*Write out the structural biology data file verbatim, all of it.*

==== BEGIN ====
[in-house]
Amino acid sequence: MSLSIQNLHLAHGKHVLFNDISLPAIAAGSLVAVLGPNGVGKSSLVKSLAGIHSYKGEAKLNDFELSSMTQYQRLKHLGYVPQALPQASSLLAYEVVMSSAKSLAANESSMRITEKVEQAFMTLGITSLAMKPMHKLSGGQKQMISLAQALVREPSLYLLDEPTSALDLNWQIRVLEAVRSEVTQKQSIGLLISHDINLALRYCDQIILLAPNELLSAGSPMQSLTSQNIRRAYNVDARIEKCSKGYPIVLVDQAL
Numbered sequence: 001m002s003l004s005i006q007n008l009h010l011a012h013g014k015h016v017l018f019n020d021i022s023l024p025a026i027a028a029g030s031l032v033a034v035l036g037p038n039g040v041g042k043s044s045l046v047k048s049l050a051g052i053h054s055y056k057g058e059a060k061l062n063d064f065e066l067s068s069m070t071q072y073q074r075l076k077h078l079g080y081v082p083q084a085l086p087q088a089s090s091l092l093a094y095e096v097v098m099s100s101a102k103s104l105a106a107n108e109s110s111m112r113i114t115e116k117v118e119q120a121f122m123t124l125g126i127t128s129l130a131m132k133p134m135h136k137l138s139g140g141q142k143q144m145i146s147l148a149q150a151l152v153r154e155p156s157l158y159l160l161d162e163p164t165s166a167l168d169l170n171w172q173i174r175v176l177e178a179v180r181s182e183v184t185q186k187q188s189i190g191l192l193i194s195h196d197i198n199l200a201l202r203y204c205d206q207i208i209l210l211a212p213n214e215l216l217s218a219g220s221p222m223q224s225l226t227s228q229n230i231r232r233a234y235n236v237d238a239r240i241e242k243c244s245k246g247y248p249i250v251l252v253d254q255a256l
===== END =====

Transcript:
[in-house]
Amino acid sequence: MSLSIQNLHLAHGKHVLFNDISLPAIAAGSLVAVLGPNGVGKSSLVKSLAGIHSYKGEAKLNDFELSSMTQYQRLKHLGYVPQALPQASSLLAYEVVMSSAKSLAANESSMRITEKVEQAFMTLGITSLAMKPMHKLSGGQKQMISLAQALVREPSLYLLDEPTSALDLNWQIRVLEAVRSEVTQKQSIGLLISHDINLALRYCDQIILLAPNELLSAGSPMQSLTSQNIRRAYNVDARIEKCSKGYPIVLVDQAL
Numbered sequence: 001m002s003l004s005i006q007n008l009h010l011a012h013g014k015h016v017l018f019n020d021i022s023l024p025a026i027a028a029g030s031l032v033a034v035l036g037p038n039g040v041g042k043s044s045l046v047k048s049l050a051g052i053h054s055y056k057g058e059a060k061l062n063d064f065e066l067s068s069m070t071q072y073q074r075l076k077h078l079g080y081v082p083q084a085l086p087q088a089s090s091l092l093a094y095e096v097v098m099s100s101a102k103s104l105a106a107n108e109s110s111m112r113i114t115e116k117v118e119q120a121f122m123t124l125g126i127t128s129l130a131m132k133p134m135h136k137l138s139g140g141q142k143q144m145i146s147l148a149q150a151l152v153r154e155p156s157l158y159l160l161d162e163p164t165s166a167l168d169l170n171w172q173i174r175v176l177e178a179v180r181s182e183v184t185q186k187q188s189i190g191l192l193i194s195h196d197i198n199l200a201l202r203y204c205d206q207i208i209l210l211a212p213n214e215l216l217s218a219g220s221p222m223q224s225l226t227s228q229n230i231r232r233a234y235n236v237d238a239r240i241e242k243c244s245k246g247y248p249i250v251l252v253d254q255a256l